Federal Network Agency

Bluetooth

Overview

Bluetooth

Bluetooth is a local-area radio system for the cable-free interconnection of information technology devices over short distances. It allows a great variety of mobile terminals to be interconnected in a short time, e.g. mobile phone and earphones (headset), PC, Notebook, laptop, printer, scanner, cordless mouse and wireless keyboard. Both data and speech are transmitted.

Further applications involve the connection of PC peripherals with the actual PC. Bluetooth is primarily intended to replace existing cable connections because frequently incompatible connector standards preclude data exchange between different devices. Another advantage is the autonomous establishment of connections between the devices.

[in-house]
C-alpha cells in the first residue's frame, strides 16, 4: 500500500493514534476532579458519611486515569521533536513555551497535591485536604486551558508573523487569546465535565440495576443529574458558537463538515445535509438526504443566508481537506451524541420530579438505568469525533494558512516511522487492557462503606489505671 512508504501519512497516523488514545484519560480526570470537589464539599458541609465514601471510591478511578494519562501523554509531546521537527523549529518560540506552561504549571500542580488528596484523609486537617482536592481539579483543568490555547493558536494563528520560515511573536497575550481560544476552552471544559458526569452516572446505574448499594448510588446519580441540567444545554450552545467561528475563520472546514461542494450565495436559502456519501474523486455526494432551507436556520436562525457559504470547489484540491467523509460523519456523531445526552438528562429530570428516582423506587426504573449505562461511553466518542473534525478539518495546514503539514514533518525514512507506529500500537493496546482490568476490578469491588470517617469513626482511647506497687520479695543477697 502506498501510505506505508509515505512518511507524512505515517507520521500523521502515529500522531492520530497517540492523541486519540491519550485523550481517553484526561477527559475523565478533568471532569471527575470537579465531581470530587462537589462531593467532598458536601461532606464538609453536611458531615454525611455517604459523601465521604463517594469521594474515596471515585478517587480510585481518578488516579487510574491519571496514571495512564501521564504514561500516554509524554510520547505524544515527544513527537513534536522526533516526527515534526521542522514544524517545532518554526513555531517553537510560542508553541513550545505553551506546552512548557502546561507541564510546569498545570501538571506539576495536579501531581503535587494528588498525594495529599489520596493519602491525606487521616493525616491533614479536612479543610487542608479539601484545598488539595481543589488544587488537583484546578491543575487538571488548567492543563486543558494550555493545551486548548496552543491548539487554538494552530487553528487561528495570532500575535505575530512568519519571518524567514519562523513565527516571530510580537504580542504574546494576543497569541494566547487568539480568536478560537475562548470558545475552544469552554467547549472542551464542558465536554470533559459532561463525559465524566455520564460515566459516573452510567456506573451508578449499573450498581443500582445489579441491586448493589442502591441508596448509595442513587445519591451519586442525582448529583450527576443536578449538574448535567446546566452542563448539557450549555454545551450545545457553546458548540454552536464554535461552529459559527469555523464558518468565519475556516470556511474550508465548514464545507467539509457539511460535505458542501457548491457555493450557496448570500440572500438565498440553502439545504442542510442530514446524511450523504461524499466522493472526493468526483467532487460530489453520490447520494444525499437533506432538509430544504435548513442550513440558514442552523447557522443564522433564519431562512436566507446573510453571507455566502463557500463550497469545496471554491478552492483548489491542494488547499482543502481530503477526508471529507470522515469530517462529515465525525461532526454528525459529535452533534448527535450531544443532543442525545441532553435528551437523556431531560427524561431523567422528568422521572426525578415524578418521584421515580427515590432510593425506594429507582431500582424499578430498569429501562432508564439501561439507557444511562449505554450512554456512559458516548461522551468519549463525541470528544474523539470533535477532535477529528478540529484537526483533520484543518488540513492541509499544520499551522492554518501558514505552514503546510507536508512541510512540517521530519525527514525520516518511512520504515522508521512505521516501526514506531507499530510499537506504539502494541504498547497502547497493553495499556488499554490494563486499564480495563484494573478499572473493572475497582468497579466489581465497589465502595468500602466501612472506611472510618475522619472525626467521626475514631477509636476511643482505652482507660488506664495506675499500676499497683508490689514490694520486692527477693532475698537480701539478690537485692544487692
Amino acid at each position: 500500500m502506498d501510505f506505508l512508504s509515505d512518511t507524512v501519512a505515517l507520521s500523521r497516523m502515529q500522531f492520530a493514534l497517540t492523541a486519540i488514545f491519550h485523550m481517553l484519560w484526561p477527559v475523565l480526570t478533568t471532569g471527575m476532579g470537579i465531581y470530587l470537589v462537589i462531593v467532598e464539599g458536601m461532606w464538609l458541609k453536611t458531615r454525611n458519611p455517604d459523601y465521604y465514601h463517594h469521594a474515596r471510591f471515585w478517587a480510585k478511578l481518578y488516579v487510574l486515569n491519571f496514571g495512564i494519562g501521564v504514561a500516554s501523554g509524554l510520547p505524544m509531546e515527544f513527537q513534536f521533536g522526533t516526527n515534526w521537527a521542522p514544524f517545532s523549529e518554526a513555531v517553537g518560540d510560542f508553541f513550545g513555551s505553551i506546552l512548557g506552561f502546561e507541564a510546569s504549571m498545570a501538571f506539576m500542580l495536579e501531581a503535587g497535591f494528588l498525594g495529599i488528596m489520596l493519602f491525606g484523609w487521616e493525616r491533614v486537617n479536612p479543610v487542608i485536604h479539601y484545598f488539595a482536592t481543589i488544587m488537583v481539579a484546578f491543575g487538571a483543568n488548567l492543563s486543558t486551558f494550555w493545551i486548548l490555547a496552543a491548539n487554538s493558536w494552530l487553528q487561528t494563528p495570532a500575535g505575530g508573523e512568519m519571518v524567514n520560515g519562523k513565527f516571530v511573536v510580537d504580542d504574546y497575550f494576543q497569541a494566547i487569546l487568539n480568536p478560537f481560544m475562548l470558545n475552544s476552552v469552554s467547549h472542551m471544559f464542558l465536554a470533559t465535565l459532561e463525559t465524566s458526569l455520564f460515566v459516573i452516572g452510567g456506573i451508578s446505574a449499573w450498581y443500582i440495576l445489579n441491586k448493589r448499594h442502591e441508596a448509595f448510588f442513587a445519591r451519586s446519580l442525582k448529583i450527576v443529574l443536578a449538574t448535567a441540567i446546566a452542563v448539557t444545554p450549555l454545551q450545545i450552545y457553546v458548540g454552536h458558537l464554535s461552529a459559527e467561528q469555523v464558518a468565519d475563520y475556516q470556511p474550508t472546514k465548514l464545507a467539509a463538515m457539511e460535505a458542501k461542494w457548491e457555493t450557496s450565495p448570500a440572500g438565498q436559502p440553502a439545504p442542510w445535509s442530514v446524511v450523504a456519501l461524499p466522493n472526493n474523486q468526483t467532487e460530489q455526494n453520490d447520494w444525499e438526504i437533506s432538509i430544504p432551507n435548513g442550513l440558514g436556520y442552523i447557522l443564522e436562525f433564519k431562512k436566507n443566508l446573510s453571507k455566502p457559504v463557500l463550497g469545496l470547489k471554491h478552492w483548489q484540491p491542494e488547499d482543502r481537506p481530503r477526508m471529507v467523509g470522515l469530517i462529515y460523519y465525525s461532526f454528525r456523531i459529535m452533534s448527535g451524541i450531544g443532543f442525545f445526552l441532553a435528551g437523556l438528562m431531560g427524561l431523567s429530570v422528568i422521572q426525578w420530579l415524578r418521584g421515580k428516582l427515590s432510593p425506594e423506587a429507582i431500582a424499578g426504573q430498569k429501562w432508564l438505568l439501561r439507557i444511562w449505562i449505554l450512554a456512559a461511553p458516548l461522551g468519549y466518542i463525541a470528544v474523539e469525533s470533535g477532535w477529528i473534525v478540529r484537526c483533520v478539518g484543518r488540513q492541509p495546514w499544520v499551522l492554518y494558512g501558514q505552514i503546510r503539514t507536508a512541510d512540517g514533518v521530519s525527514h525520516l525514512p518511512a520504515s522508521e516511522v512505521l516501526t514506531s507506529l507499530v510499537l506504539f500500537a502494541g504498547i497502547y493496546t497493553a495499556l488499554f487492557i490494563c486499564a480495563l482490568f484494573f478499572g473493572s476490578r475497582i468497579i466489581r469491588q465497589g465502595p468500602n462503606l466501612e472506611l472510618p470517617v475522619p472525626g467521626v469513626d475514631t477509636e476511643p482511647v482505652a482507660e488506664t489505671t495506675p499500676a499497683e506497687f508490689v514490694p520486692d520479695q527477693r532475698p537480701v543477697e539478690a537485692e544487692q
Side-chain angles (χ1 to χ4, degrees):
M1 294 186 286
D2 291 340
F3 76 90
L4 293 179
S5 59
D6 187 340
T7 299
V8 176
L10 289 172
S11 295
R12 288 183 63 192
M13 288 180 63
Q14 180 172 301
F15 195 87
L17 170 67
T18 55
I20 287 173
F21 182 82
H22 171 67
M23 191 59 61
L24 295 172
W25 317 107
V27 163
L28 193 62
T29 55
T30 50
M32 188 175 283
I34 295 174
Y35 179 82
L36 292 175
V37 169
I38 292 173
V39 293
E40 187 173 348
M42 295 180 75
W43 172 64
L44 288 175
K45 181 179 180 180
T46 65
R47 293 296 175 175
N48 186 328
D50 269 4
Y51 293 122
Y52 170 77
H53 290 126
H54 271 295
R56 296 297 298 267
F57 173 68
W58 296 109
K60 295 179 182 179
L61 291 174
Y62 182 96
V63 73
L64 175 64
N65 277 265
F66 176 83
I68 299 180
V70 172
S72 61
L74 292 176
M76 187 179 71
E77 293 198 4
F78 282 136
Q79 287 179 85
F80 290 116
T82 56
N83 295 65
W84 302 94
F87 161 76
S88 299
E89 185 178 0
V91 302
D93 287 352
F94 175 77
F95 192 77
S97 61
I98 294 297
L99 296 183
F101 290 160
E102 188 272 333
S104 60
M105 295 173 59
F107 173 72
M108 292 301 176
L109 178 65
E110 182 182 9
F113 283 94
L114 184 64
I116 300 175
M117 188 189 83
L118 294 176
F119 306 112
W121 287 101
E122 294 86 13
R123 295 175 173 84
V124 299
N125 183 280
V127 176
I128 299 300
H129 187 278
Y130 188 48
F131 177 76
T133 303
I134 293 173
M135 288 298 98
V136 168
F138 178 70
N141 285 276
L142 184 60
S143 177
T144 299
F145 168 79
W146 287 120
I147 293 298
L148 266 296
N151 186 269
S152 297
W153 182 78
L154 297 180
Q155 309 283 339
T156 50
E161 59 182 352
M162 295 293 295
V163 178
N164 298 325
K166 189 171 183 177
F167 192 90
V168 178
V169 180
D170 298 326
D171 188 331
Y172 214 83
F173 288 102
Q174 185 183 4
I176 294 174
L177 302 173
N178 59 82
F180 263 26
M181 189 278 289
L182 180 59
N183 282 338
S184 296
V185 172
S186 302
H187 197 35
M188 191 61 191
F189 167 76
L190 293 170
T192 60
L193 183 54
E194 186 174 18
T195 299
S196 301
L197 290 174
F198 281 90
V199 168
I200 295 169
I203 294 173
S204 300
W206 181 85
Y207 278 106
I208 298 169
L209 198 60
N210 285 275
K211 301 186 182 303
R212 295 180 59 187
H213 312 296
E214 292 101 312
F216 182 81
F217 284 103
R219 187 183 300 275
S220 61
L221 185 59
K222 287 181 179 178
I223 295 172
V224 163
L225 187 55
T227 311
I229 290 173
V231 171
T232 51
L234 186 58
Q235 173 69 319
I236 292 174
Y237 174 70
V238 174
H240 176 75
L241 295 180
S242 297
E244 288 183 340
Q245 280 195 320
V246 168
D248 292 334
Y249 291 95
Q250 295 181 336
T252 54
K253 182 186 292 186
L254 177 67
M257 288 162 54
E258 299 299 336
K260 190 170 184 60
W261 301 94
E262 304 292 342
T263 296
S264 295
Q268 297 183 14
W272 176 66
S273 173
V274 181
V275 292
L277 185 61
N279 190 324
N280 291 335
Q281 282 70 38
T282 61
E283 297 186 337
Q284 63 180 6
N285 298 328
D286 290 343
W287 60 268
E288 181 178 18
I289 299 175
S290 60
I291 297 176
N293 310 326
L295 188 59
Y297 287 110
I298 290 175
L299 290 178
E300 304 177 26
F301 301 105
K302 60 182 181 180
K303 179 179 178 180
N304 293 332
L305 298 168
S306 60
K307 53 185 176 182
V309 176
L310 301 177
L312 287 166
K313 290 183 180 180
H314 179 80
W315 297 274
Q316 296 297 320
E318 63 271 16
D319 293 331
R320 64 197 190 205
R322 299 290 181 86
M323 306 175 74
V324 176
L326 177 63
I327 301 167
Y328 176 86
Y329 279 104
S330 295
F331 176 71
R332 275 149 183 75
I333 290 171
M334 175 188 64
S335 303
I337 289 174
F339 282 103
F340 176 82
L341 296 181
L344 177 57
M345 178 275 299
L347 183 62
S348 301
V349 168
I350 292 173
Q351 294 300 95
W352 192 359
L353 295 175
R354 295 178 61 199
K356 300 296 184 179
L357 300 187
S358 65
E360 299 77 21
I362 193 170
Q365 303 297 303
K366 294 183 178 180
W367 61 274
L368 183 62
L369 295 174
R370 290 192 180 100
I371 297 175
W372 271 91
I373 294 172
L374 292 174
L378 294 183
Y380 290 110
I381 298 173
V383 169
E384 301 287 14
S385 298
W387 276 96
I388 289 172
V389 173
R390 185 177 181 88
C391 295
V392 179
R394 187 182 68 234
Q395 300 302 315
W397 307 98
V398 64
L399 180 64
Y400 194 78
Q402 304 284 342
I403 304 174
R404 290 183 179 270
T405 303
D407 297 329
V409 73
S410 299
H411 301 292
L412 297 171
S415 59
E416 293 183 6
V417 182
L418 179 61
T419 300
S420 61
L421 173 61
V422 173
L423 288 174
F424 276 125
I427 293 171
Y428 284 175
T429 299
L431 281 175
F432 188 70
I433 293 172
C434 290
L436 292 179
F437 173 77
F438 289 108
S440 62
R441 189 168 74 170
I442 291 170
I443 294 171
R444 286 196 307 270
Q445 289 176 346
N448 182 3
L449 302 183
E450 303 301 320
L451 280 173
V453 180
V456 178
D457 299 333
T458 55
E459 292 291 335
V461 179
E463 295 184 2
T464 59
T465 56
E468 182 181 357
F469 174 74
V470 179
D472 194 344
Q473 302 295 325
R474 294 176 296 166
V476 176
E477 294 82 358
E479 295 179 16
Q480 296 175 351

Bluetooth operates in the unlicensed ISM band (Industrial, Scientific, Medical) in the 2.4 GHz frequency range with a transmit power of between 1 mW to 100 mW, depending on class. The ranges covered vary between 5m and 100m. To avoid interference, the communicating Bluetooth devices change frequency 1600 times per second (frequency hopping). The maximum gross data rate is 1 Mbit per second, of which 0.7 Mbit/s is user data. The latest specifications enable bit rates of up to 24 Mbit/s. The maximum number of communication partners is 256, of which 8 may be active at the same time.

 

Date of modification: 2010.07.14

Additional Information

Technology - abstract

- Overview

- Limits

- Technology

- Applications

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